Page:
What does this mean to us? The fact that we have a connection to einsof is why there can never be reason to despair. This is the source of all Teshuva. We humans, even when we’re dirtied from sin in the lowest of all worlds, are always connected to something out of this world. We might have to hush the Baruch Shem in silence most of the time, but we still must say it. We recognize that the Creator is beyond any comprehension, but we must also admit that we have a direct line to the highest places unimaginable.

Return to who you are

 

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Growing up I didn’t like the word teshuva (repentance), as it engendered images of selichos and fasting into my mind. It basically meant that I had to promise I won’t have a good time anymore and also regret the times when I did have some fun. Upon exposure to Rebbe Nachman’s understanding of teshuva, or for that matter Rav Kook’s world of teshuva (see here), I understood that my perception of teshuva was exactly the opposite of what teshuva really is.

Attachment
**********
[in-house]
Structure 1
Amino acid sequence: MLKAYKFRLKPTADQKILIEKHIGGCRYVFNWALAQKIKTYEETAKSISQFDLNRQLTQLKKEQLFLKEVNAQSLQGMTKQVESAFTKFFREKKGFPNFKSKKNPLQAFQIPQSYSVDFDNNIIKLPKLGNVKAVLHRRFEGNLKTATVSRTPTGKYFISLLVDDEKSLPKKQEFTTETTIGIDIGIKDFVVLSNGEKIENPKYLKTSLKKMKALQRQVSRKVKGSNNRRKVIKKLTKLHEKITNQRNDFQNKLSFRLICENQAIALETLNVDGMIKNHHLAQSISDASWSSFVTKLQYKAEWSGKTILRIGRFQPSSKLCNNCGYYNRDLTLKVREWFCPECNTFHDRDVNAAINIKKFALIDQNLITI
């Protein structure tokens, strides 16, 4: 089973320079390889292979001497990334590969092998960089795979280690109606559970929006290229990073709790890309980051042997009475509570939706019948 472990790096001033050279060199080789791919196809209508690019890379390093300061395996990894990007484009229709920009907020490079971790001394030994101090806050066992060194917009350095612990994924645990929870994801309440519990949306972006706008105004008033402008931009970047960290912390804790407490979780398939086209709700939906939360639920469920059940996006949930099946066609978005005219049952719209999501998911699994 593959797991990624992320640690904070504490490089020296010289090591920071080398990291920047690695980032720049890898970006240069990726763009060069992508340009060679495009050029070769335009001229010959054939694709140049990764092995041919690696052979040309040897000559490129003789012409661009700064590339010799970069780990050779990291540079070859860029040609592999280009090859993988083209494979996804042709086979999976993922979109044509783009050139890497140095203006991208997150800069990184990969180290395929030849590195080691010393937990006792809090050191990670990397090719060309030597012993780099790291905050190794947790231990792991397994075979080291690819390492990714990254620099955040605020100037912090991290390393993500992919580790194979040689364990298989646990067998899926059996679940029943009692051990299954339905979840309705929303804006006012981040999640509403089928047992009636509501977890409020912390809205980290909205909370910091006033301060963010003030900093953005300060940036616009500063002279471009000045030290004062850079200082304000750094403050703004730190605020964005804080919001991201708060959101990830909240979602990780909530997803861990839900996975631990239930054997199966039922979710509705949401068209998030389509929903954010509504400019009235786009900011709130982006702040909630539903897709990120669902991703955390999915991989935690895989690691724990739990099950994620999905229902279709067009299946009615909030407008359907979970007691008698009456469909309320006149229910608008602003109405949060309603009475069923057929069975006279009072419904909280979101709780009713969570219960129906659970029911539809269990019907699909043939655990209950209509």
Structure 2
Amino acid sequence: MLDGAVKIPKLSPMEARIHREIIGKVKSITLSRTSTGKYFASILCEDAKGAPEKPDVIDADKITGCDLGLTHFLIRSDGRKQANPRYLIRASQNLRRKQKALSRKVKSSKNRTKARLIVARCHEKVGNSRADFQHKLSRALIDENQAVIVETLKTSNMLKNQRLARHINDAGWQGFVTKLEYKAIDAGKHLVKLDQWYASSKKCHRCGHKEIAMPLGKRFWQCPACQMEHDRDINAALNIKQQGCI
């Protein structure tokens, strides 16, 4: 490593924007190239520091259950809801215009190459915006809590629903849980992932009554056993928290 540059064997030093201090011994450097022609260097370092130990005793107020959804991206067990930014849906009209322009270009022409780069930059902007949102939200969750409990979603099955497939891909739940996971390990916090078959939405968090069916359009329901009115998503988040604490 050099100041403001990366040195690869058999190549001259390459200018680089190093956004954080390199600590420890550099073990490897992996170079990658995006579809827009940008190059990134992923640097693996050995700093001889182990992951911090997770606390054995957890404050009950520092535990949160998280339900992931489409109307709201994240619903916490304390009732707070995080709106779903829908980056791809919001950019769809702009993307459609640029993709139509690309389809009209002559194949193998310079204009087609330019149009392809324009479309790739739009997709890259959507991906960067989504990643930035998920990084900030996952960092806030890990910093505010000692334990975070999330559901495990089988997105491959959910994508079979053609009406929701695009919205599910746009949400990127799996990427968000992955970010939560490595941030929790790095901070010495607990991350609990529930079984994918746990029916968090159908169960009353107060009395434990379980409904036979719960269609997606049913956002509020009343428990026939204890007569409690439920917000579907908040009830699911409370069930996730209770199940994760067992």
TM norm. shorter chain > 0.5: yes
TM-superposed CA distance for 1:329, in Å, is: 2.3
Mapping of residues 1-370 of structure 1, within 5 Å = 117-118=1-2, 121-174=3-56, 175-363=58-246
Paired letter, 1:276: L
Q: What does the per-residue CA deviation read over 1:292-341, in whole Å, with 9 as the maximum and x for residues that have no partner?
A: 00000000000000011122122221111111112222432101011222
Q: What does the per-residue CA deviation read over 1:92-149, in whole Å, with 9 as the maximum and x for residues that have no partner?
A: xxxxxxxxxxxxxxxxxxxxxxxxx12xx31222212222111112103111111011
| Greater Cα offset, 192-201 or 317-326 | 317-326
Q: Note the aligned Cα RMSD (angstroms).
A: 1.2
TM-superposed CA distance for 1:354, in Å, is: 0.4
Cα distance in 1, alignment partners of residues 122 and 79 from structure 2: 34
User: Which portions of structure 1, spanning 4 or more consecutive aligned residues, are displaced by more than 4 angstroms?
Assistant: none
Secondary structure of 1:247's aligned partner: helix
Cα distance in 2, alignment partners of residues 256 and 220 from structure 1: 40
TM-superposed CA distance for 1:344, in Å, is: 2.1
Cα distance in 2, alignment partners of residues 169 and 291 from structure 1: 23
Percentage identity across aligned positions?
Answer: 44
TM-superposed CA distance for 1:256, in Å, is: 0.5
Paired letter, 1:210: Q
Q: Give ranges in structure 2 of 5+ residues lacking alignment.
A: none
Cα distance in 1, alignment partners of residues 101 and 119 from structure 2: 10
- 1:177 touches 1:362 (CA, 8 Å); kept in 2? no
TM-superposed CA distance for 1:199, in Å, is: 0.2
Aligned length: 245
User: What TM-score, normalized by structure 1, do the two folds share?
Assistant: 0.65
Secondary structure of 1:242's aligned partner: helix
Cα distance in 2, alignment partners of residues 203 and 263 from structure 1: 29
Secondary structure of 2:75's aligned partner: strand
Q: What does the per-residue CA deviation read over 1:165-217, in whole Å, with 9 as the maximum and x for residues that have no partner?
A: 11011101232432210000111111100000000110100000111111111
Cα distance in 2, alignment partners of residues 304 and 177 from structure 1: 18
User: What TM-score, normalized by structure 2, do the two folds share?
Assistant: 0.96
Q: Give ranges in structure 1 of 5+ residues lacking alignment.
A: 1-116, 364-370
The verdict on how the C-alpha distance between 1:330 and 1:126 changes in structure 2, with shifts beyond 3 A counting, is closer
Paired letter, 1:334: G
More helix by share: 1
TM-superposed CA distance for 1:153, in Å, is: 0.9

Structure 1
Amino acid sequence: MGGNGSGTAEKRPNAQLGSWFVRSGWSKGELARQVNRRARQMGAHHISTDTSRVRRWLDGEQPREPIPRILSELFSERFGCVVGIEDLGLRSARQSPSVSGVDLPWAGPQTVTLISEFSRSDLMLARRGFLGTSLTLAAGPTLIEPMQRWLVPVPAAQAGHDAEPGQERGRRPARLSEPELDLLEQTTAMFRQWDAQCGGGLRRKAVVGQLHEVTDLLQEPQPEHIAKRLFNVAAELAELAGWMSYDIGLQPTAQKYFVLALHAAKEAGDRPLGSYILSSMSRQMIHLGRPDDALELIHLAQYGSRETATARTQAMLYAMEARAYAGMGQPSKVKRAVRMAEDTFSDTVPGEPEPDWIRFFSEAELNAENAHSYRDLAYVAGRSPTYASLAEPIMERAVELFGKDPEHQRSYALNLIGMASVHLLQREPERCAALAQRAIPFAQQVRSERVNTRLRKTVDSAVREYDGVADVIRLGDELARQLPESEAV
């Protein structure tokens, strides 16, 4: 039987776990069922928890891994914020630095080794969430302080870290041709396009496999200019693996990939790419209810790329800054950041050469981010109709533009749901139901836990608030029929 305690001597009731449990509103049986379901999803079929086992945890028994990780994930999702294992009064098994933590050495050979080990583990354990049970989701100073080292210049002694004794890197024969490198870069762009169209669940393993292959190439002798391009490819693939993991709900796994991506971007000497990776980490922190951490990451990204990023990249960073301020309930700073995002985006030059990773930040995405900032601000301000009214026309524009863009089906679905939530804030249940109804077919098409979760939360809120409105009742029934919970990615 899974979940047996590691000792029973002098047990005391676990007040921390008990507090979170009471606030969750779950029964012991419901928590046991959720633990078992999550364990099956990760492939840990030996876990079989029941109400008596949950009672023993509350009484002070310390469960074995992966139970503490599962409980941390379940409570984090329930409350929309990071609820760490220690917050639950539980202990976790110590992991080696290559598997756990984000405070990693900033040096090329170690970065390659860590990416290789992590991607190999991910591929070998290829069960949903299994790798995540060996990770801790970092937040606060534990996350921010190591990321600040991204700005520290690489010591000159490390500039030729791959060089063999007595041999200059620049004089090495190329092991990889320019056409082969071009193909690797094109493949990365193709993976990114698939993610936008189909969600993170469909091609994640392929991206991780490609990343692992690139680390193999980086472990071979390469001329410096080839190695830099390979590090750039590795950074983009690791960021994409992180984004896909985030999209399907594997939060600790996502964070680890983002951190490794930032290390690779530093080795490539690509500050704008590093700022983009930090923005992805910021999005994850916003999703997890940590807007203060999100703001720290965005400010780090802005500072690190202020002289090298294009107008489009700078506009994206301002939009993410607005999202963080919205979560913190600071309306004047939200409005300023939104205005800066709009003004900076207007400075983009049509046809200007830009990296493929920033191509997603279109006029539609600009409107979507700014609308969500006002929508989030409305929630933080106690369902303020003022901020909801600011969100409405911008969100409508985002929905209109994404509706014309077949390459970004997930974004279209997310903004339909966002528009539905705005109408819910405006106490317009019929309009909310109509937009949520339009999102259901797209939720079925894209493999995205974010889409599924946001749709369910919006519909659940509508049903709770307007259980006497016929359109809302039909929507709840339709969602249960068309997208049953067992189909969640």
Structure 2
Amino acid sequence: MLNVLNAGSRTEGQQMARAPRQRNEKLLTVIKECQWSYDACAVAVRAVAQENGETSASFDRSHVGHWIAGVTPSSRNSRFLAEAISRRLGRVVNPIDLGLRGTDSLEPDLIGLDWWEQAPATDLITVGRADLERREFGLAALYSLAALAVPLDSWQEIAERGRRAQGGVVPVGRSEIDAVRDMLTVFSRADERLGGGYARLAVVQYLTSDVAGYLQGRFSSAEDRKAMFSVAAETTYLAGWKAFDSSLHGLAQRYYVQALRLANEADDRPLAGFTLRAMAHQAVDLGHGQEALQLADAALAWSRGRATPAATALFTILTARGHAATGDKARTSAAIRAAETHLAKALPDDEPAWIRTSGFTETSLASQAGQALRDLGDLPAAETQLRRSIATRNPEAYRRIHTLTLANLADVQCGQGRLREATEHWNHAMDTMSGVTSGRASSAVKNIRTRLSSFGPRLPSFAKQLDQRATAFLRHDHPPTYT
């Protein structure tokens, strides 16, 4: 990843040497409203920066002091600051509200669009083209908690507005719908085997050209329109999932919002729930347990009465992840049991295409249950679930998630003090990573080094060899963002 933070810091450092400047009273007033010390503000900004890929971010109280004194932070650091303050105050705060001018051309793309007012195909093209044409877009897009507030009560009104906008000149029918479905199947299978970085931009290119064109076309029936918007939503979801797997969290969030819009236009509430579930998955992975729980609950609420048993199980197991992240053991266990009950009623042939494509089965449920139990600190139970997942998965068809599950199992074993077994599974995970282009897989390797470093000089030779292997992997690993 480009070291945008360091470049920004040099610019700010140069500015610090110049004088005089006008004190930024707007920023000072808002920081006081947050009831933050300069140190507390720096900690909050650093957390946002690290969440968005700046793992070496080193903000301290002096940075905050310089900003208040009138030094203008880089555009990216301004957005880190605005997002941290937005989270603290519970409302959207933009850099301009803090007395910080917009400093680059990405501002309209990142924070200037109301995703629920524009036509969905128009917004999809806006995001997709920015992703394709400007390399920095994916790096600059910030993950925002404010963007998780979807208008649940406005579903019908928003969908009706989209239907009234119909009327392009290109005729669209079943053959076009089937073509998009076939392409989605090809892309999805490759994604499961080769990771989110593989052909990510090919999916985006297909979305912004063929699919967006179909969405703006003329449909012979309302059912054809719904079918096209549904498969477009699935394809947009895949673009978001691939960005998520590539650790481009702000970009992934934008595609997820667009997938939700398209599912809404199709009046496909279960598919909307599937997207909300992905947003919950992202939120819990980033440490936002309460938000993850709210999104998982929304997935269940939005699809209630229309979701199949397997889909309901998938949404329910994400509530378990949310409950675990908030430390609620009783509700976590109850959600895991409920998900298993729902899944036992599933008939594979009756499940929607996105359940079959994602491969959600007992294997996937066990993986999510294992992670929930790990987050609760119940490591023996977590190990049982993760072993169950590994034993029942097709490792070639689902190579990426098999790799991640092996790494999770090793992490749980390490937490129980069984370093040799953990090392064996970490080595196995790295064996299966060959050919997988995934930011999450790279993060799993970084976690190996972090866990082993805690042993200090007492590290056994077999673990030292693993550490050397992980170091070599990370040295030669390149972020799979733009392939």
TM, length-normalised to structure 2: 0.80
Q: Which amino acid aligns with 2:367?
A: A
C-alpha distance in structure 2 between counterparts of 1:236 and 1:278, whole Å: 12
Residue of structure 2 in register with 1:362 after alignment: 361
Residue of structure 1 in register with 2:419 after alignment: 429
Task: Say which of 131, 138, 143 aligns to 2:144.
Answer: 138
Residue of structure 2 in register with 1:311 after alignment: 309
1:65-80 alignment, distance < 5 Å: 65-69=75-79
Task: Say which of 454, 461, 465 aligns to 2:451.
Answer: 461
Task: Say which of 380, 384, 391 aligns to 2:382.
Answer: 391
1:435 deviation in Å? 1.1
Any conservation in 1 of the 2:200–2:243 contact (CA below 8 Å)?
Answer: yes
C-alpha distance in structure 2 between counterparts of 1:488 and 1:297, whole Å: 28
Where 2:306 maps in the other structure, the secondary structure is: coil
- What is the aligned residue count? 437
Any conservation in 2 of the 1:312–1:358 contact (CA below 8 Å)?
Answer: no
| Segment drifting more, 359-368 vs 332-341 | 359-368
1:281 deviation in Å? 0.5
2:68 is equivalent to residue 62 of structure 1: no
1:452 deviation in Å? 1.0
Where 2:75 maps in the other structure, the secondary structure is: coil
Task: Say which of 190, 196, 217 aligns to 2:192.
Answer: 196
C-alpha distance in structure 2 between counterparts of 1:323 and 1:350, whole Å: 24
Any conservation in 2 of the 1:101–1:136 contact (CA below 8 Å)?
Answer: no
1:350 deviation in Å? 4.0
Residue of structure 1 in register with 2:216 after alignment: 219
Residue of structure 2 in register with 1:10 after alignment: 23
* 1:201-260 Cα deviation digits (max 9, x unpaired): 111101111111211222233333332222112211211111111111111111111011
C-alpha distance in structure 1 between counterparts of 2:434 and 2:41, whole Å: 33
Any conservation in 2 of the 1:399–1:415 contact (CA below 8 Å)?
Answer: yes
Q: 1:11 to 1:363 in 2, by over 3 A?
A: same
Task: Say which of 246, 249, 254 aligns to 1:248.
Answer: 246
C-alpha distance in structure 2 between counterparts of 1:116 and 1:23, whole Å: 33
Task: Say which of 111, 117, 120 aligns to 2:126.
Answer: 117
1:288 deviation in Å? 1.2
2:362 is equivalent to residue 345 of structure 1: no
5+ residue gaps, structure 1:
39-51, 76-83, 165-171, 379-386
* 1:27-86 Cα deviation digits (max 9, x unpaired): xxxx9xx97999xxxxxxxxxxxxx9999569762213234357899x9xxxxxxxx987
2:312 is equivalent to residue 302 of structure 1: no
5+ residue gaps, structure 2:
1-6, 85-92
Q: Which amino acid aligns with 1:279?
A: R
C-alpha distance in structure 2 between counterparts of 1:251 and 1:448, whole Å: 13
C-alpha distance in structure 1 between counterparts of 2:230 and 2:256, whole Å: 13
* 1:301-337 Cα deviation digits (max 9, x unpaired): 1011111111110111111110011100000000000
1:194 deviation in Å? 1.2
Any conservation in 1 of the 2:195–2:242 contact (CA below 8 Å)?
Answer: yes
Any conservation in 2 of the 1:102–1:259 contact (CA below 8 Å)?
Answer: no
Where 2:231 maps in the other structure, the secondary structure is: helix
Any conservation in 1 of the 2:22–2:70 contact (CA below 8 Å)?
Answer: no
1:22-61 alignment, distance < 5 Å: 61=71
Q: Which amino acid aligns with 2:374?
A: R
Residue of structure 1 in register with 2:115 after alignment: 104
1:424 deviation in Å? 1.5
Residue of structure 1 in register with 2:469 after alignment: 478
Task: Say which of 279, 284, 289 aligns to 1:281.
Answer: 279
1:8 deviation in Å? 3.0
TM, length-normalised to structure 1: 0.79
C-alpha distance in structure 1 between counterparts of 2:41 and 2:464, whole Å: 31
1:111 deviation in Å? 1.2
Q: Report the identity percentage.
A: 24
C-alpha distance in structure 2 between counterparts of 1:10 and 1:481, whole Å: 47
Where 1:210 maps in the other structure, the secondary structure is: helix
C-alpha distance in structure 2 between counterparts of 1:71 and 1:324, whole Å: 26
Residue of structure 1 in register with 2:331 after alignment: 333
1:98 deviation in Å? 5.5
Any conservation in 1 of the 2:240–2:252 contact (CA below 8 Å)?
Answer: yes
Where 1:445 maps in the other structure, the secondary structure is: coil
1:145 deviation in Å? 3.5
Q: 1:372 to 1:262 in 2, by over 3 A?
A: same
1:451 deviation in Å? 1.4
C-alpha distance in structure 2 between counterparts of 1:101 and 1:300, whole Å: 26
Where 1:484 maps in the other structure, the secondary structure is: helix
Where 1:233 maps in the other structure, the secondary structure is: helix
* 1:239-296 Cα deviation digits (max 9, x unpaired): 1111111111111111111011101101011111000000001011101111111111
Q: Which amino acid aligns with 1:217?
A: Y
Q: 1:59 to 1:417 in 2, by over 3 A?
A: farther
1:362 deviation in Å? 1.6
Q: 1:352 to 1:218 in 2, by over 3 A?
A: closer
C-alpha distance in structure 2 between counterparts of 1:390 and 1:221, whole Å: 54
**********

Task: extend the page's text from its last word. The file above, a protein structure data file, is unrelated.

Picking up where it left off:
“Before teshuva, a person can’t really sustain himself. It’s almost as if he doesn’t exist in the world…[But] when a person purifies himself through teshuva, then he is preparing his birth into the world, so that he may exist. That’s why teshuva is an aspect of the Divine name אהי-ה, which means I am ready to be”. (Torah 6)

I always thought that the process of teshuva was trying to become a different person, as the Midrash Tehillim (120) says, through teshuva we become new creatures. But with the Rebbe’s lessons, like the one above, I now understand that becoming a new creature doesn’t mean something new was created. It also doesn’t mean that a new me was created. It means that I finally have a right to exist. I don’t need to become anybody else, in fact I can’t be anybody else. Teshuva introduces me to the world. It cuts away all my fraudulence and highlights who I really am. I can’t speak for anybody else but that sounds attractive to me. I don’t want to be you anymore. I’m tired of being you! When I try to be you, I’m not good at it and I’m left feeling unsettled. The only way that I feel satisfaction and pride is when I’m being myself.